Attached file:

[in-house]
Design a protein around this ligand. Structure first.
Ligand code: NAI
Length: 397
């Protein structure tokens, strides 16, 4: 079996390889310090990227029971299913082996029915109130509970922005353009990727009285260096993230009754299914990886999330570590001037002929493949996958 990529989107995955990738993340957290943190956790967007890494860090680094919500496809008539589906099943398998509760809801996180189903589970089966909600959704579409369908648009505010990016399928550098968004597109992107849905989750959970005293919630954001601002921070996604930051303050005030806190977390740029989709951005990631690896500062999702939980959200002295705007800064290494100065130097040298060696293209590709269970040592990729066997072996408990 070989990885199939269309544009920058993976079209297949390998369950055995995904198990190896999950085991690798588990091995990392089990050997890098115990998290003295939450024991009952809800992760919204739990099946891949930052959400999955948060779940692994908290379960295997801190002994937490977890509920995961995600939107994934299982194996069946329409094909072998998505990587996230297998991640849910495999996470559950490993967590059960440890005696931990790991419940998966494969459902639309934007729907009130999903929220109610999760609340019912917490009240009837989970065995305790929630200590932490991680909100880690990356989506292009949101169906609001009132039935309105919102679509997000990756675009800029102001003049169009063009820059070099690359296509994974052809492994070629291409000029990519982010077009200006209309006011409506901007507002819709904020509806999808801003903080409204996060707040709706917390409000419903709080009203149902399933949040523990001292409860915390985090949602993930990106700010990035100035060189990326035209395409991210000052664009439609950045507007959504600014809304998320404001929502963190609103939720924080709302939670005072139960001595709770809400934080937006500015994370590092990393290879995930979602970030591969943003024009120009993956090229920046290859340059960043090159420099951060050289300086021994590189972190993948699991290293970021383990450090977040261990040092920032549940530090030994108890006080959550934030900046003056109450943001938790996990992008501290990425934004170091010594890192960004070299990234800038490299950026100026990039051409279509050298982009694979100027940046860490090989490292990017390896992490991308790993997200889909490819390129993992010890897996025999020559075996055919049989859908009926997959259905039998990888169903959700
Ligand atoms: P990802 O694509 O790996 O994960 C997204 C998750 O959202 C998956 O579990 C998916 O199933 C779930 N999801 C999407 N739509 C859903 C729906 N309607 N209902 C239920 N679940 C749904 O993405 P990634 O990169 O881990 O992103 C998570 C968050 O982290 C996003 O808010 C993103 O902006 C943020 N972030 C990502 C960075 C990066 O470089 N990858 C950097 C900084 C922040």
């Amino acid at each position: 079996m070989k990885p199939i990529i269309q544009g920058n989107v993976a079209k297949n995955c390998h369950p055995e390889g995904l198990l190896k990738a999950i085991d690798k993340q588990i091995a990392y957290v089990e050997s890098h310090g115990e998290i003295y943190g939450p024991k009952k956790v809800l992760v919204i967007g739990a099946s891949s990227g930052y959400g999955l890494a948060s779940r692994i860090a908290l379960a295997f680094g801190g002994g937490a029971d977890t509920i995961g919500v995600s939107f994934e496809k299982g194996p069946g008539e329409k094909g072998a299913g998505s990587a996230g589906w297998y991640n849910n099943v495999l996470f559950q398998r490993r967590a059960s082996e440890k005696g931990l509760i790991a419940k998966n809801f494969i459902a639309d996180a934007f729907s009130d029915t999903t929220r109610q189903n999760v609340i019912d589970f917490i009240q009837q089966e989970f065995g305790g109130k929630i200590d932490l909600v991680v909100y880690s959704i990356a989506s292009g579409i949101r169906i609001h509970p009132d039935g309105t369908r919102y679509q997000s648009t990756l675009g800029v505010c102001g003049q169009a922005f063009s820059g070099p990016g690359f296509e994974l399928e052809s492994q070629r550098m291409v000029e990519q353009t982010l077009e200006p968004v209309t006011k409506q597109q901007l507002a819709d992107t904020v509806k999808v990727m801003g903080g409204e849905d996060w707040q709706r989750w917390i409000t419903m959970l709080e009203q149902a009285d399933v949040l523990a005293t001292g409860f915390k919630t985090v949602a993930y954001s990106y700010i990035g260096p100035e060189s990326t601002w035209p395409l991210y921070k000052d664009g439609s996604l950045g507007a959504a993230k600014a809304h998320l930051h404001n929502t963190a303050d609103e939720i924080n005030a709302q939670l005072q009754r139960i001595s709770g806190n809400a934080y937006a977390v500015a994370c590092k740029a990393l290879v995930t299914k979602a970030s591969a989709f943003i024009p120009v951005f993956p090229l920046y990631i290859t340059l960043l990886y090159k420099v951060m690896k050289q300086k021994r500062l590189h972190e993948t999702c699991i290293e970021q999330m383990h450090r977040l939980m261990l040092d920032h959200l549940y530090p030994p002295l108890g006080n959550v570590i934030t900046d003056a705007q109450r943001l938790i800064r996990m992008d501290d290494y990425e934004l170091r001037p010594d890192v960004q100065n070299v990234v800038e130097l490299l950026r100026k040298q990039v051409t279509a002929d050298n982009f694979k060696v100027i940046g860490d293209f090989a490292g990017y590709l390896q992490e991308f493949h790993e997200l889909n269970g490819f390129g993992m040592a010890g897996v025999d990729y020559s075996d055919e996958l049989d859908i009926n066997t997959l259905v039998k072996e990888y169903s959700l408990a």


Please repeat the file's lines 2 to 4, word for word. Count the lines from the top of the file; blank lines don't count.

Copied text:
Design a protein around this ligand. Structure first.
Ligand code: NAI
Length: 397